We make plans for the return journey. Feeling rested we decide to save some money and take the bus back to Gilgit. It’s like the point of no return. The pain has not started yet, but you know what lies ahead.

All busses to the North depart from Rawalpindi a city located 20km to the south…a great start! Nasir has booked us a couple of seats near the front, an absolute must if you want to retain your lunch and dinner. The bus station is thriving with relics from the past, painted in psychedelic patterns. Some of the creations would have no doubt pleased the Beatles on their magical mystery tour. Our bus, Silk Route Ltd is by comparison sedate but comes with the dubious promise of Air Conditioning. It costs us 2000 PKR each almost $20.00 USD. We fight our way out of Rawalpindi through choked streets and choked air. The sun is a blood red disc above the dirty buildings. I feel a sense of satisfaction that at this moment there is no more I can do. The passports have been lodged we are back on a bus and travelling. After all… is this not an adventure.

Rawalpindi Bus Station

Rawalpindi Bus Station

My optimism and buoyancy start to wane after a few hours into the journey. The metal bar in the back of my seat has announced itself and my spine is not pleased. I shift so a new vertebrae can be acquainted. Outside cars and trucks flash past with musical horns and high beam lights. It reminds me of the night crossing from Kampala to Nairobi. Everything is the same, but the faces and clothes have changed. We reach Besham at 2am. It has taken us nine hours. A couple of guys sitting next to us translate that we will sit here for 3-4 hours until morning. The convoy is stopped. I am so tired I just curl up in a ball and wait as we make no progress, it’s heart breaking.

Rest stop in Abbottabad

Dinner stop in Abbottabad

I can hear a rooster somewhere. A shutter is opening and the sky is no longer black. My neck hurts and my mouth is dry. Then, like a pack of wild dogs the busses start howling musical tunes. I am convinced that Pakistan must have the world’s loudest horns and there have been some serious contenders. Silk Route Limited responds and roars into life. We are reversing back onto the KKH. The relief is overwhelming. One step at a time, I remind myself of where I am and what I am doing.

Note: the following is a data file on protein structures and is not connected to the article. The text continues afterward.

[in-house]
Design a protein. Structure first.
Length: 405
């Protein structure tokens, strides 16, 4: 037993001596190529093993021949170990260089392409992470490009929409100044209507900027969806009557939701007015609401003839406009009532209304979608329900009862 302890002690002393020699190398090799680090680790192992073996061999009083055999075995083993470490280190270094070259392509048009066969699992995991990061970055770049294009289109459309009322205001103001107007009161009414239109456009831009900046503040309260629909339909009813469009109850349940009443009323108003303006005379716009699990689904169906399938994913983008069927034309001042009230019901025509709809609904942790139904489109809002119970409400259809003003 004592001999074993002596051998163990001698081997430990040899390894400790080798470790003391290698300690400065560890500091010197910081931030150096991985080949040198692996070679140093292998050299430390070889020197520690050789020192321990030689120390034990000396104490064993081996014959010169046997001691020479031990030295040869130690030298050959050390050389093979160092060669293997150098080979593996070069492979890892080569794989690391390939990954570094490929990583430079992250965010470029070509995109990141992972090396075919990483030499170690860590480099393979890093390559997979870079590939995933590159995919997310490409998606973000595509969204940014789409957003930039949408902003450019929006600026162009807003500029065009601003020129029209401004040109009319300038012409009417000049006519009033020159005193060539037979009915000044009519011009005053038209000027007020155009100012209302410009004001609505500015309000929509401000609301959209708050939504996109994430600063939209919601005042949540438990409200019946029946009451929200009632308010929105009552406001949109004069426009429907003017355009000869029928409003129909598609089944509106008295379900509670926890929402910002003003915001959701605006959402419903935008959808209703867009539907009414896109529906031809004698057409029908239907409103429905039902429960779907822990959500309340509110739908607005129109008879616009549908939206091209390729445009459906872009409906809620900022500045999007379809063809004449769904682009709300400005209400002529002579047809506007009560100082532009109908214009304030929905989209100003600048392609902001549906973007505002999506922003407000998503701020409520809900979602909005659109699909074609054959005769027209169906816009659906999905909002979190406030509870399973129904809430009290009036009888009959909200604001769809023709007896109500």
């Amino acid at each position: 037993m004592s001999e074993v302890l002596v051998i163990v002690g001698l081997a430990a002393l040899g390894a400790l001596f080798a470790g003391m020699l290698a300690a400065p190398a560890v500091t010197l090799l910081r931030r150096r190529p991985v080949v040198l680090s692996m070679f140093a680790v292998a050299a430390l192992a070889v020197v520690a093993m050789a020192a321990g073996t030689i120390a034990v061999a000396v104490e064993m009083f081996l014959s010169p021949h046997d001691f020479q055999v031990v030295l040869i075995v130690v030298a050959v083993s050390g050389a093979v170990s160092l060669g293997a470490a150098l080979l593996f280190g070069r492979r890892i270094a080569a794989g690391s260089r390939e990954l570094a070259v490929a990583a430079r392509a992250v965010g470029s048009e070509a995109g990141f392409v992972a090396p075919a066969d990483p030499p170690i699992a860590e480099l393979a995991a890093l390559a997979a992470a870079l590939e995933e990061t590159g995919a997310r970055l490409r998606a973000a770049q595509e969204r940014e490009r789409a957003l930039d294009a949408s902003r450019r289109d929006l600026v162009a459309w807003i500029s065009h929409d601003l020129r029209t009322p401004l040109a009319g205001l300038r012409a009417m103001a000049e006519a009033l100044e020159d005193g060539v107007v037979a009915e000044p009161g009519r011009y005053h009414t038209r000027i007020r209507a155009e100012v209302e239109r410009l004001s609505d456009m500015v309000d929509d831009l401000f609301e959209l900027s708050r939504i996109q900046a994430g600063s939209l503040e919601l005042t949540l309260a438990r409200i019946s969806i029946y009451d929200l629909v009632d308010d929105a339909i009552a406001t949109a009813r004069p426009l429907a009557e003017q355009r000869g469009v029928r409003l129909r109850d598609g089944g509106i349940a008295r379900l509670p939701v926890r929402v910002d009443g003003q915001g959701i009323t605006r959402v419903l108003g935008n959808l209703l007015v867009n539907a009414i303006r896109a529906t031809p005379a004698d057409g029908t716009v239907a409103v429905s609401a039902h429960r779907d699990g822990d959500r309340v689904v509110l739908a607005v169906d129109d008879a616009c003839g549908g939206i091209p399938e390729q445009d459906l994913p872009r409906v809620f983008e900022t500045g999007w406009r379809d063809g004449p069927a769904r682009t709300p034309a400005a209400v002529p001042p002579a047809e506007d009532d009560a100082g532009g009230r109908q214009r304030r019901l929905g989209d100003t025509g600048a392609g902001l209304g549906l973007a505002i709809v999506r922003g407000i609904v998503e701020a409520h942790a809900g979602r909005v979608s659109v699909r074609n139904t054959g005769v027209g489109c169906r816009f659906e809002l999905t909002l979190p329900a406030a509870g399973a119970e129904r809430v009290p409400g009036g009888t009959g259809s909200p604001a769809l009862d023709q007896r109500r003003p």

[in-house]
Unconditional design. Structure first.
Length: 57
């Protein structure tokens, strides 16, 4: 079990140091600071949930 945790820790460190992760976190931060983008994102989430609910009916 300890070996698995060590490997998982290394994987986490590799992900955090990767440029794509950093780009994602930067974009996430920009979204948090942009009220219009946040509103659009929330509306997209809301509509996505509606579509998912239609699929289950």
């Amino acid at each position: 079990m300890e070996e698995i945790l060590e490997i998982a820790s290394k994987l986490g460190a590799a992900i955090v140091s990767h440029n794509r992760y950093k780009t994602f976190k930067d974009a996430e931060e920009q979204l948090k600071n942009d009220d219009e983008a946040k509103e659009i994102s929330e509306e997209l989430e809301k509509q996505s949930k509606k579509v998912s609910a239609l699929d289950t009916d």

Karakoram Highway Northern Pakistan

Travelling along the Karakoram Highway ay high speed

Our driver is revitalised and demonstrates his skills on tight bends and sheer drops. Despite the need to travel in convoy he overtakes slower busses at any given opportunity. His definition of opportunity is questionable. I abandon western ideals of physics and necessity and embrace Inshallah or God willing.

Bus Ride Islamabad to Gilgit

Our fellow travelling partners Islamabad to Gilgit

He comes up the inside of his next victim. Ahead I can see the road narrows and a rock is jutting out. This will be interesting, good luck with that I say to myself. It’s like I am watching a movie, perhaps from latent fear my mind has detached me from my current situation. He threads the bus and rock with precision, never once breaking, but I wonder if its good luck or good management at work. Perhaps both and we certainly need it.

Karakoram Bus Convoy

The Convoy stops again

By the time we reach Gilgit its 5.30pm and we been travelling for just over 24 hours. We should be exhausted but the adrenaline from reaching the end is flowing strong. It’s been a crazy three days, but the pain is over, the job is done.

For now all we can do is wait and pray that someone in the Indian consulate finds a little bottle with two visa applications inside…

Rain along the KKH

Finally reaching Gilgit